I've been tossing this sauce with potatoes and other blanched vegetables but I know it will be a great addition to anything with tomatoes once they are ripe and abundant. It is an easy way to add color, flavor, and some extra greens, protein, and healthy fats to whatever summer brings into your bowl.

Free Form Pesto
You don't need a recipe, but here are some suggestions. And when I say throw it all in, you will want to consider flavors a bit. Not all herbs/nuts/cheeses/oils go together but many do.

1-2 cups herbs and or greens such as basil, spinach, cilantro, mint, kale, arugula (I like to use one herb and one green for a batch of sauce)
1-2 cloves garlic
1/2 cup nuts or seeds such as sunflower seeds, walnuts, almonds, etc
1/4 cup cheese such as parmesan or chevre or you could use a bit of yogurt or sour cream for a creamy sauce
1/4-1/2 cup oil (depending on how thin you want the sauce to be) such as olive, avocado, grapeseed 
1/2 teaspoon salt
1 tablespoon lemon juice

Place all ingredients in a food processor and whir until the sauce reaches the consistency you desire.

Makes about a cup of pesto.



July 10, 2014

The Business of Every Day



I marvel as the days get longer and longer, celebrating the light until we pass the tipping point and still enjoying it even as the sunrise is a few minutes earlier and earlier. Two weeks ago when I walked home from my yoga class at nearly nine o'clock the sun had yet to dip below the horizon. I didn't turn on a light as I sat at the kitchen table. Now, at that time, the room is almost dark. I tend to mourn the loss a little more than I celebrate the gain, but the days are still quite long. Summer is in full swing and the weather lately could not be more perfect.

Just yesterday Amos started walking a lot more, going from two three four steps at a time to nearly walking across the room, over and over. He is top heavy and wobbly but beginning to join the world of vertical travel instead of being a lying, sitting, crawling ball of energy. I notice these small changes, too. Watching him learn to walk is actually thrilling and seems almost miraculous except that almost all of us go through this stage and then don't think anything of striding around. I am excited to watch the progress but I already feel nostalgic for my crawling baby. He continues to change little by little each day and week, giggling more, understanding more, becoming capable of more.

We're in another summer of transition. Of the seven or eight summers Ray and I have had together, at least five of them have had a big event. Travel, a wedding, a move, a baby, and at the end of August we'll be moving back to Maine, which has always been our plan. Its strange to think that so much of our life together (and all of our life with Amos) has happened here but now it will continue somewhere else. During our time in Minnesota, we've learned to lean on each other completely. We will certainly miss this wonderful place to live, but we'll be happy when the transition is over.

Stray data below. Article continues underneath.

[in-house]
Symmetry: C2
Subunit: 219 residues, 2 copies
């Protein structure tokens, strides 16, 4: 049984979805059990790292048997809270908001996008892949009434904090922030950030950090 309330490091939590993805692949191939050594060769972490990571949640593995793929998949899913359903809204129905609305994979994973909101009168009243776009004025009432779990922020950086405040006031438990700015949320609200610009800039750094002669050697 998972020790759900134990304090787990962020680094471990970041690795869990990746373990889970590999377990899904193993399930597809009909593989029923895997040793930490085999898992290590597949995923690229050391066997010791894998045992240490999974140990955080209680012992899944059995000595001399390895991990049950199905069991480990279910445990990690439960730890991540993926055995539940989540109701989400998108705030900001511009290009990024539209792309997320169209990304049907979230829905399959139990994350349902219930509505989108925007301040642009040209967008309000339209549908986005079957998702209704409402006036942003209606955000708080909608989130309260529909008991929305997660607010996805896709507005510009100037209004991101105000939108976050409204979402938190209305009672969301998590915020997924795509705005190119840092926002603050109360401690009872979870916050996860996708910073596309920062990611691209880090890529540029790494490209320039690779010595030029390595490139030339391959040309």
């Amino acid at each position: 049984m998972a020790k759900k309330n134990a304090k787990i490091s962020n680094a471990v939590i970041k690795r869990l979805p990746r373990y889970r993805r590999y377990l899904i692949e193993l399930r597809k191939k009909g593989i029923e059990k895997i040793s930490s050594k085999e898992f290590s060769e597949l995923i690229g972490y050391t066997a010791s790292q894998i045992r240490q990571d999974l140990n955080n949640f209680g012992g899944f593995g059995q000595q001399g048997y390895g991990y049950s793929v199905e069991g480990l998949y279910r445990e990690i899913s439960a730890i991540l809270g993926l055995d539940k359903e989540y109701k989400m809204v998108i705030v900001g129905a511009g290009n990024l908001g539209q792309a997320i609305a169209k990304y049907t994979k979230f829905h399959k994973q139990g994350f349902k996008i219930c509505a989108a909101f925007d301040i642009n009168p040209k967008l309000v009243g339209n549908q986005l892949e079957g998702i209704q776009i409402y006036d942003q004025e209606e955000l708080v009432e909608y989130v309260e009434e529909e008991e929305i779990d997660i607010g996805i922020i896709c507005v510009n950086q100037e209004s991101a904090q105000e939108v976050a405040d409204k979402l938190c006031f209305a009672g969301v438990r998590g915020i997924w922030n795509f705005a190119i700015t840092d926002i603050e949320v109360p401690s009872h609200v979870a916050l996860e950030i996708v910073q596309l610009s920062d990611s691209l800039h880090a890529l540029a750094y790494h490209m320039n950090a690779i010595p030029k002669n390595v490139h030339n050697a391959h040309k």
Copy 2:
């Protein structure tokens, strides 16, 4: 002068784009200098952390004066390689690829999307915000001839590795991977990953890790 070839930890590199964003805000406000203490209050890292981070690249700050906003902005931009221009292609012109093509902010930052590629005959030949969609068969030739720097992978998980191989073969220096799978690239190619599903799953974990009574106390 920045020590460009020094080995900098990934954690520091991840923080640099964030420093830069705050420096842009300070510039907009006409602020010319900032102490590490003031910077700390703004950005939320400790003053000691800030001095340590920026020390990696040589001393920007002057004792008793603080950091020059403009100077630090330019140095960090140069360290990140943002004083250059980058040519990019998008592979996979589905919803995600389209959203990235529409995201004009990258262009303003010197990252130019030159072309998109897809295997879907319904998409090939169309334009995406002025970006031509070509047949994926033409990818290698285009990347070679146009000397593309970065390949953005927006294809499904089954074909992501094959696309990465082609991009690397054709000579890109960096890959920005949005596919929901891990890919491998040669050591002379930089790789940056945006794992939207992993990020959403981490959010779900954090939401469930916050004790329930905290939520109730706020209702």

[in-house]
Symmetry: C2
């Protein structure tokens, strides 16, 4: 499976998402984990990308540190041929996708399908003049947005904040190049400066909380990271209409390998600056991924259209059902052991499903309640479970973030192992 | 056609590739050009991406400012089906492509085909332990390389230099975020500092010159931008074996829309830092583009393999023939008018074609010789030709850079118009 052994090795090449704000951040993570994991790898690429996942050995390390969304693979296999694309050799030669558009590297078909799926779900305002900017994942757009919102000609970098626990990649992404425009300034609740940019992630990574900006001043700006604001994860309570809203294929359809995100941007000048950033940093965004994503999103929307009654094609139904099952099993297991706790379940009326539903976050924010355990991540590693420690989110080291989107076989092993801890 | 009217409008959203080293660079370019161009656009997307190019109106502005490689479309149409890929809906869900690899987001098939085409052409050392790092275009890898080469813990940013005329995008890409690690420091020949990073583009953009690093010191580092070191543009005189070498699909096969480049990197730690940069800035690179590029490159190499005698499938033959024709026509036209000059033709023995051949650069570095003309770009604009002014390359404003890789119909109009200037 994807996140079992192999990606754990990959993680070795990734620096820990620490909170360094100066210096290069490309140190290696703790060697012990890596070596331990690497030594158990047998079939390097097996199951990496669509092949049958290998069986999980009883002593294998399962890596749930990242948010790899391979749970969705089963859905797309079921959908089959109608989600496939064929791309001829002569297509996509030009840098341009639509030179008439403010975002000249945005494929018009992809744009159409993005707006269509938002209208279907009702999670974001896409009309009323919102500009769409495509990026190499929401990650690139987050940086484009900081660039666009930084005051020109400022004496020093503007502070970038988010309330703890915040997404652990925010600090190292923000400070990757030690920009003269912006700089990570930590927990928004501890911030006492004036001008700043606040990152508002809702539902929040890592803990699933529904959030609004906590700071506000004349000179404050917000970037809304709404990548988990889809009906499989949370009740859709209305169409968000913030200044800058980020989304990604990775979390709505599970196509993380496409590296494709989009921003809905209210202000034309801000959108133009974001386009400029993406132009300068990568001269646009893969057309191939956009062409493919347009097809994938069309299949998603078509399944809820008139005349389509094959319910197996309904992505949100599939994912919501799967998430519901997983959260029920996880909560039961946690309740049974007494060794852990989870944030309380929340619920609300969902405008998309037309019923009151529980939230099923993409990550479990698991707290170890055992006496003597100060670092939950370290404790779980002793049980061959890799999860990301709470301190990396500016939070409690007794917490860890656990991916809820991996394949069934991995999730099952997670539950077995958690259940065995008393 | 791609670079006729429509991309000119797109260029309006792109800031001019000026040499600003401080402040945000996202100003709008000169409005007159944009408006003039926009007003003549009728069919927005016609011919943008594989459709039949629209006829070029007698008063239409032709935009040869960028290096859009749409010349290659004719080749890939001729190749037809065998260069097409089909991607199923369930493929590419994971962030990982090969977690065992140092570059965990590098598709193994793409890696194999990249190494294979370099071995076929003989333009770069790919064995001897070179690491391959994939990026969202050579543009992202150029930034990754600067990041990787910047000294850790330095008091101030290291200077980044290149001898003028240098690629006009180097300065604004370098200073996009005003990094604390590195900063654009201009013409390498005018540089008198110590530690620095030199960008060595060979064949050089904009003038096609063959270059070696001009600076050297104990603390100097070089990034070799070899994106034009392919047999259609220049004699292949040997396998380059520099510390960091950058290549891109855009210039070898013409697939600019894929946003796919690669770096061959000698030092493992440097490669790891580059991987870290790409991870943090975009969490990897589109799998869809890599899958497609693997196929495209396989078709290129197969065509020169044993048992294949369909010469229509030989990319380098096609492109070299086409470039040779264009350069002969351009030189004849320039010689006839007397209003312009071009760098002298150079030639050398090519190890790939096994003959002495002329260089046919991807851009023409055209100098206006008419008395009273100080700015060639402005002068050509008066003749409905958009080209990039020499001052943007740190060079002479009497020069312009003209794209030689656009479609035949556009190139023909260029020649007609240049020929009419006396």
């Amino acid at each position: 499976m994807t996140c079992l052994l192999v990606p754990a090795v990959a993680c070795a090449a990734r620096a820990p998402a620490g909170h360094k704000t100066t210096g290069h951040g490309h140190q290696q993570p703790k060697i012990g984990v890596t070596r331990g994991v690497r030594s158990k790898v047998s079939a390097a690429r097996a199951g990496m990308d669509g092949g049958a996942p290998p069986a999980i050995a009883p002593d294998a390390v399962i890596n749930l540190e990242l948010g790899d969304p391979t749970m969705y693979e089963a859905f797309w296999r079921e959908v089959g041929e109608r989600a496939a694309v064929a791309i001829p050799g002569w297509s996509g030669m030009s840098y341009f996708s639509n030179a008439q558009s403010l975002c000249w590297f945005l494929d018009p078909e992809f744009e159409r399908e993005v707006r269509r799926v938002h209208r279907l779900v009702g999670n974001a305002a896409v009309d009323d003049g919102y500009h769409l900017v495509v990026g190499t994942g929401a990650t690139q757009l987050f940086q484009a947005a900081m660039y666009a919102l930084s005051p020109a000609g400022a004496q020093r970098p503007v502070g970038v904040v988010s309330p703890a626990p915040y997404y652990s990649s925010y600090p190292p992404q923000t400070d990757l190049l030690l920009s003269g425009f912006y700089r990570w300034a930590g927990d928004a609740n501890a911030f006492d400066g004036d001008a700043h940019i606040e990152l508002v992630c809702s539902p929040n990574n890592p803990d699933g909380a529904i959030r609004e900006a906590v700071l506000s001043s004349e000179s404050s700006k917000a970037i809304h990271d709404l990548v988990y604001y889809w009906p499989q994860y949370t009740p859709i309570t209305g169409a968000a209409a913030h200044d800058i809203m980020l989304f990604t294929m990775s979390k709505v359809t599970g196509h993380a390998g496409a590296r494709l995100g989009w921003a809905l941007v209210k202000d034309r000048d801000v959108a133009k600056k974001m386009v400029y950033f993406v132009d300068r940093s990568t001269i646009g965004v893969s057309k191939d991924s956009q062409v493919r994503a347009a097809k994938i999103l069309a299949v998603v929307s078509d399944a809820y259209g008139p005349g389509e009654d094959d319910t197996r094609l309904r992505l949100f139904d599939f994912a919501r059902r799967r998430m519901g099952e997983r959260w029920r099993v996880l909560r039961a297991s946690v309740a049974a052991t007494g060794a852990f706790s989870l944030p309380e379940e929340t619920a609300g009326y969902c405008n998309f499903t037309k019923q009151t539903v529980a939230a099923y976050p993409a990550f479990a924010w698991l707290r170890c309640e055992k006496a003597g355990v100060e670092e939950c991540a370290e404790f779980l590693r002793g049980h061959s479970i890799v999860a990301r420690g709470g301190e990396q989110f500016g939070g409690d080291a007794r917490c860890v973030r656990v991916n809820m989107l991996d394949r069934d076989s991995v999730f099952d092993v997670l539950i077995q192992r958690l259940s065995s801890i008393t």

A minute more or less of sunlight, little hands reaching higher, chubby feet stepping further. Filled with the business of every day, these changes go nearly unnoticed until you look at the sky or see the shadows have shifted. Other times there is something big circled on the calendar and it forces you to contemplate the way everything has been different and the way nothing ever stays the same.

July 3, 2014

Campfire Pizza

campfire

Before we left for our trip out west, I thought long and hard about what we would eat while we were camping. There are lots of meals that can be made easily without lots of ingredients or equipment and basic cooking implements. I wanted to make sure our meals were not just simple, but delicious and satisfying. The kind of food you want to eat at the end of a long day of exploring, hiking or being outside.

campfire pizza dough

We planned to use our backpacking stove for some cooking but also hoped we would be able to cook over a fire. Since we were car camping we brought a cooler to keep perishable food fresh for a few days. I also packed a basic selection of kitchen equipment and quite a bit of non-perishable food. I had most of our meals planned out with a few extra options in case something didn't appeal. Since this was our first extended camping trip with Amos, I aimed to be as prepared as possible.

campfire dough

The meal I was most excited to try was campfire pizza. Flour, salt and yeast were easy to pack and the only other things we needed were a jar of sauce and some mozzarella cheese. It wasn't fancy, though a few extra toppings would not have been hard to bring. I mixed the dough an hour or so before we wanted to start cooking and in the warm air it rose quickly. At home we sometimes cook pizza right on our grill but while camping we cooked it on a cast iron skillet. Once the fire is hot, it doesn't take long for the skillet to become the ideal surface to create a crisp, chewy crust. It can also burn pretty quickly if it gets too hot, so there is a bit of trial and error involved.